For the month of June, Forward Wayne County is focused on Early Childhood Success. We asked Ashley R. Stephen, Executive Director for CAECI Head Start and Early Head Start, to speak about the programs he oversees.
Twelve years ago, I was offered employment with the Early Head Start program that would be operating in Wayne County. Knowledgeable about the history of Head Start – a program implemented as part of President Johnson’s War on Poverty – and interested in a career in the field of education, I accepted the position even though I had limited experience with infants and toddlers.
Within weeks of beginning in the Early Head Start program, I realized that helping children and families achieve success was going to require a concerted team effort. With coworkers and First Steps therapists, we discussed changes to routines and lesson plans to help address specific children’s needs. For mental health providers, we discussed techniques to reduce challenging behaviors. With community partners, we discussed tools to help families achieve their goals as they sought to improve their lives. We had our team supporting children and families, but there always seemed to be something missing.
I continued to learn about the early childhood field through conferences, webinars, and chats with fellow practitioners. I began to realize the extent to which most early childhood settings lack ongoing support from the community at large. Unlike public schools with their inherent community connection, child cares are often viewed as glorified babysitters that are useful to specific families for the time before children reach school-age, but such characterizations miss the point, ignoring the important work that early childhood educators do in helping young minds develop a love for learning and preparing children for kindergarten and beyond.
Impacts from COVID-19 in Early Childhood Education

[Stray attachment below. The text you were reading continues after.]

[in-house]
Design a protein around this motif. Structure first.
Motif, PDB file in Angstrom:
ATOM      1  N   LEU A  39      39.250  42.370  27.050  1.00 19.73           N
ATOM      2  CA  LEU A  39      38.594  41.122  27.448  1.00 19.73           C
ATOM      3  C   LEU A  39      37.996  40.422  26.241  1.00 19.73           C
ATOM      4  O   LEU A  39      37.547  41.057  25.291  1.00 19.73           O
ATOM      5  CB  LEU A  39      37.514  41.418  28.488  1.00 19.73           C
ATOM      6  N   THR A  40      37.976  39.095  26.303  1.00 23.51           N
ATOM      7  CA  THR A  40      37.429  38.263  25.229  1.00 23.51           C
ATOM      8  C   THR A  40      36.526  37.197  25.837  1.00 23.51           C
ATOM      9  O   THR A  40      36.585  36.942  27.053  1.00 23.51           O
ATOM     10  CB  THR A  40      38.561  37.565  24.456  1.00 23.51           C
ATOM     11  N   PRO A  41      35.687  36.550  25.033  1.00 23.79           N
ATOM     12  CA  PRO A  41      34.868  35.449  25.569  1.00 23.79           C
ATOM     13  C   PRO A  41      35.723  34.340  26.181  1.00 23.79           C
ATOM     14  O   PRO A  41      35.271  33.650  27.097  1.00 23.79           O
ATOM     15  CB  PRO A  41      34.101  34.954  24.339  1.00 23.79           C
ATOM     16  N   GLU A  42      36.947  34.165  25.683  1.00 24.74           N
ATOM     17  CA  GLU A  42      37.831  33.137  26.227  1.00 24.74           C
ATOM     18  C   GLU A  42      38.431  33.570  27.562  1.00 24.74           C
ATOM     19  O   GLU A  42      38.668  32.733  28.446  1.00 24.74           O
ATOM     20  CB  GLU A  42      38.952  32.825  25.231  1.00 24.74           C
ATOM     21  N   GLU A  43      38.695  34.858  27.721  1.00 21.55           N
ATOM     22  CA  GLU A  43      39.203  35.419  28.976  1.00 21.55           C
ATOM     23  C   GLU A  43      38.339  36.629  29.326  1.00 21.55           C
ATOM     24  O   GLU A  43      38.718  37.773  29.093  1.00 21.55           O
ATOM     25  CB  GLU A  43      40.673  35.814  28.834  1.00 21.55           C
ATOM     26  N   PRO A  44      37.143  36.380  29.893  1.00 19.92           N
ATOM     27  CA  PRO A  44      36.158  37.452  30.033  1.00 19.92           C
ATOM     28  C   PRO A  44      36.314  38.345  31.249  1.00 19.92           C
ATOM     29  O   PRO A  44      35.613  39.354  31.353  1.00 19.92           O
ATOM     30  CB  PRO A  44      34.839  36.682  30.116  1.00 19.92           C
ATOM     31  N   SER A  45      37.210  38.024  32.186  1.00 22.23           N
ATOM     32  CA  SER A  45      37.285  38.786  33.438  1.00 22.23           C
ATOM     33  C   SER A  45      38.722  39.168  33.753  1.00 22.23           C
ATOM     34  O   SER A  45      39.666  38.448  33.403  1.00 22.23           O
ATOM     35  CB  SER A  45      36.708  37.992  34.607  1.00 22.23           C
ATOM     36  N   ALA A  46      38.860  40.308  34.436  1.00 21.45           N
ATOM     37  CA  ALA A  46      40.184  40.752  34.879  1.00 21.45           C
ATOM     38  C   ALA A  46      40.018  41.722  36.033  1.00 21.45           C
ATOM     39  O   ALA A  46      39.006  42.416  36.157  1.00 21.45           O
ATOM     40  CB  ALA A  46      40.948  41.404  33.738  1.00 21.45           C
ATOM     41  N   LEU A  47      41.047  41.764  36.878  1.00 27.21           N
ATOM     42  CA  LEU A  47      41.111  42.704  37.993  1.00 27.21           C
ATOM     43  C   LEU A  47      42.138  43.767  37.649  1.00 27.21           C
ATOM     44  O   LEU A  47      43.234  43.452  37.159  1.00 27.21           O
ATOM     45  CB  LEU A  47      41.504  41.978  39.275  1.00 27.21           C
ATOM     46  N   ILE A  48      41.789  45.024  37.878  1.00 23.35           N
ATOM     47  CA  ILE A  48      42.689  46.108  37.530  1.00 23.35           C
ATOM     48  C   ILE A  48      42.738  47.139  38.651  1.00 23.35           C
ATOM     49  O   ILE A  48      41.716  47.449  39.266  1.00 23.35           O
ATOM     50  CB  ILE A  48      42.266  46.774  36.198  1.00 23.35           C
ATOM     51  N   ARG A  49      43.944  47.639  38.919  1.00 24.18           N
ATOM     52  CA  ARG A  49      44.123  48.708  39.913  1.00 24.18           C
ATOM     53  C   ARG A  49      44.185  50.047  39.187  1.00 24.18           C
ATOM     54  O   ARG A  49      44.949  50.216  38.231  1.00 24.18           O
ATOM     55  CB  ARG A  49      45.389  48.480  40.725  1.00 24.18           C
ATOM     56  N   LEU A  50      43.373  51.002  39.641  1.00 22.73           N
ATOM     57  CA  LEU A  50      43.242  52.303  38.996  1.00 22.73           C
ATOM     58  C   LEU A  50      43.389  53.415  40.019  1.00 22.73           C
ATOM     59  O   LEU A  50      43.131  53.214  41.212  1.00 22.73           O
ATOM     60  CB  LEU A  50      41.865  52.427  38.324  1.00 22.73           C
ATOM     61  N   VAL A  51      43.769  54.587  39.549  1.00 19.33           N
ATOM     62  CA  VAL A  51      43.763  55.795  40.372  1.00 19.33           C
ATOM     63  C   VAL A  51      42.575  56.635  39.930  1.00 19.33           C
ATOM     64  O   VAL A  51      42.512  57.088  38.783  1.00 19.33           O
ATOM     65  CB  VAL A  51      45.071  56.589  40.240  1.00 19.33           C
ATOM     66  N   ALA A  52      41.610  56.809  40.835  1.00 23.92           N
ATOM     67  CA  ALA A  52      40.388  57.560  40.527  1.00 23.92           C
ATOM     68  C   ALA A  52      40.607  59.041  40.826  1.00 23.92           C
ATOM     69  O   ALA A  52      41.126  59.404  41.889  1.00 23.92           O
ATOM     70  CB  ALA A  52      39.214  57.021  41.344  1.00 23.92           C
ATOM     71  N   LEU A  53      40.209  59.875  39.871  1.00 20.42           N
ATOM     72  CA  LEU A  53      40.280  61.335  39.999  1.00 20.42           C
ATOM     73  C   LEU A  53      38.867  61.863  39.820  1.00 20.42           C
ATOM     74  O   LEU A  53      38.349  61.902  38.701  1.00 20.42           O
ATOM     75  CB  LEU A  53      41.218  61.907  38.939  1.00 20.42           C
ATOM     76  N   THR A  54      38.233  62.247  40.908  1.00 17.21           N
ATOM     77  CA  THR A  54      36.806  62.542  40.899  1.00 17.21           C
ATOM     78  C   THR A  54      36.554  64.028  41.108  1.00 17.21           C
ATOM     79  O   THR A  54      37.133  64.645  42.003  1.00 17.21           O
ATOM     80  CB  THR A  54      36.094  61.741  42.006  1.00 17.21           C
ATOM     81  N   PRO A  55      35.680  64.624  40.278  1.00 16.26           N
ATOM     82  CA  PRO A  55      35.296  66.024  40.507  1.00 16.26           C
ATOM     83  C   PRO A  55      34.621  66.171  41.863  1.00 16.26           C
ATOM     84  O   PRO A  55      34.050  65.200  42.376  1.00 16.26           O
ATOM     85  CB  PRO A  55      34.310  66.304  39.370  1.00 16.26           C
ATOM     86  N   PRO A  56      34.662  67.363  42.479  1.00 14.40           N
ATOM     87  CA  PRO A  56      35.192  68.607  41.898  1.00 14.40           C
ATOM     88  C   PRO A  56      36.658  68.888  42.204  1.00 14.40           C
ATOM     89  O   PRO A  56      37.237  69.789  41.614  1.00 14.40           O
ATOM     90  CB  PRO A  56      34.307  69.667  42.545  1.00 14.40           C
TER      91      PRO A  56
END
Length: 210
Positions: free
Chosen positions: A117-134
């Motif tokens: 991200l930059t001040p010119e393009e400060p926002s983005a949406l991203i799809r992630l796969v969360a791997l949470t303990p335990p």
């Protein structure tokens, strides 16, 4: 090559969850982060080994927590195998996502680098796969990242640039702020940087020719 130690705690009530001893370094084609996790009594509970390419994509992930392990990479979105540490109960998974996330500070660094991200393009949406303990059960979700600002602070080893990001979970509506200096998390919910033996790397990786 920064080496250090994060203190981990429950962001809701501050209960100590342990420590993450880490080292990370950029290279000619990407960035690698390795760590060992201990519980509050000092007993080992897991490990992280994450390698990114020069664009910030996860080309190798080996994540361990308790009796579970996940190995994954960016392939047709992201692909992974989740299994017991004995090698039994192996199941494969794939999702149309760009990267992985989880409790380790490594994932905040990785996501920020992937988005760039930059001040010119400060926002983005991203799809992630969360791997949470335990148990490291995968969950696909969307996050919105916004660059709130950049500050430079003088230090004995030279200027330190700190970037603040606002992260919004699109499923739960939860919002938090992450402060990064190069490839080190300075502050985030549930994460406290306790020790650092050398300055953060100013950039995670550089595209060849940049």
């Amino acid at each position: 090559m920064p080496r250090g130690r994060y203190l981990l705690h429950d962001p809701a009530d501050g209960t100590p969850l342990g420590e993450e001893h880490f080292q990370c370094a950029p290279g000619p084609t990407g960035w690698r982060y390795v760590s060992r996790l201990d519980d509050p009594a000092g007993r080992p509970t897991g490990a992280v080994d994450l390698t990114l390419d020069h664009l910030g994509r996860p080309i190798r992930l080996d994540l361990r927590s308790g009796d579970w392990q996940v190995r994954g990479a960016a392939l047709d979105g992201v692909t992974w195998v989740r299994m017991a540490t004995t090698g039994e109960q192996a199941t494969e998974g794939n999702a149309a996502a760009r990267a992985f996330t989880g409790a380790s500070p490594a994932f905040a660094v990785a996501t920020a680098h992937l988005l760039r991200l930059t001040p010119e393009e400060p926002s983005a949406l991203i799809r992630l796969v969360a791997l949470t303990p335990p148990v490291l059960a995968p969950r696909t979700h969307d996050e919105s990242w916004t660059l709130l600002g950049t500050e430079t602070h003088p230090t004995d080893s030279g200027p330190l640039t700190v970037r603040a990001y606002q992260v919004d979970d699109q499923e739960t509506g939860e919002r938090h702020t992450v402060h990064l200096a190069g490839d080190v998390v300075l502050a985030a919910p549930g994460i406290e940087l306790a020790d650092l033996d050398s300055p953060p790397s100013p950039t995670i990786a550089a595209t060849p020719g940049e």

Impacts from the COVID-19 pandemic have made the tasks of early childhood educators even more difficult. While low pay has been a consistent challenge, inflation has made staff retention in child care even more challenging. Wages at other jobs have risen faster than child care operators can increase the wages that they offer. (For Head Start and Early Head Start, our federal funding – our primary source of income – increased a mere 2.28% for 2022 while inflation has reached 8.5%.) Additionally, the mental health crises caused by stay-at-home orders, limited face-to-face interactions, and the constant uncertainty of the pandemic have led to a significant increase in the percentage of children who demonstrate challenging behaviors.
Despite the challenges, early childhood educators continue to perform their important work, day in and day out, as part of a team with therapists, mental health providers, and community partners. However, like any team after a grueling couple of seasons, our early childhood providers need the support of their community.
Supporting Early Childhood Educators
Are you asking how you and the rest of the community can help support our early childhood educators? Here are some ideas:
- Can you read a book or catch a ball? Volunteer.
- Have a few dollars to spare? Donate.
- Been a parent? Connect with the parents of today’s young children.
Whether it is a licensed child care center, a registered ministry, or a child care home, child care providers and the children and families that they serve need the support of the community. It takes a village to raise a child, so how can you help build a better future for our community by supporting early childhood educators today?
Ashley R. Stephen
CAECI Head Start and Early Head Start